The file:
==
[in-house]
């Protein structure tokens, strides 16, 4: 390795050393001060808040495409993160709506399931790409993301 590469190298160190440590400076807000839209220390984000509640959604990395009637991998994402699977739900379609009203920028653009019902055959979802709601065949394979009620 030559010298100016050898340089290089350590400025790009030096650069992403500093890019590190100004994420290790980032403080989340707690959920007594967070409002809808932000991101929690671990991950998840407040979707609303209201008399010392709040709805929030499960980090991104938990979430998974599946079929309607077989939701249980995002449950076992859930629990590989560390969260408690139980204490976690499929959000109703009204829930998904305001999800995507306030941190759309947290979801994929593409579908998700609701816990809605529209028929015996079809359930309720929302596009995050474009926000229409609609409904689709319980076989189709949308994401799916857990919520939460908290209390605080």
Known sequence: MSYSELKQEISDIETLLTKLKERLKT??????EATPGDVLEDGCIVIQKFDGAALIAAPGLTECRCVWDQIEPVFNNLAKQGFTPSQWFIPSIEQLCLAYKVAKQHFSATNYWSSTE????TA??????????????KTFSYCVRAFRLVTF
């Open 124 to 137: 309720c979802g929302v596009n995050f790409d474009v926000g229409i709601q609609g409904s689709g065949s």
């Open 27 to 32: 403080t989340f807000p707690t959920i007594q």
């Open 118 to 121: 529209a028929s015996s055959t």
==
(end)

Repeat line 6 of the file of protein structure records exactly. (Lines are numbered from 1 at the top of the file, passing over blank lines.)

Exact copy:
């Open 118 to 121: 529209a028929s015996s055959t």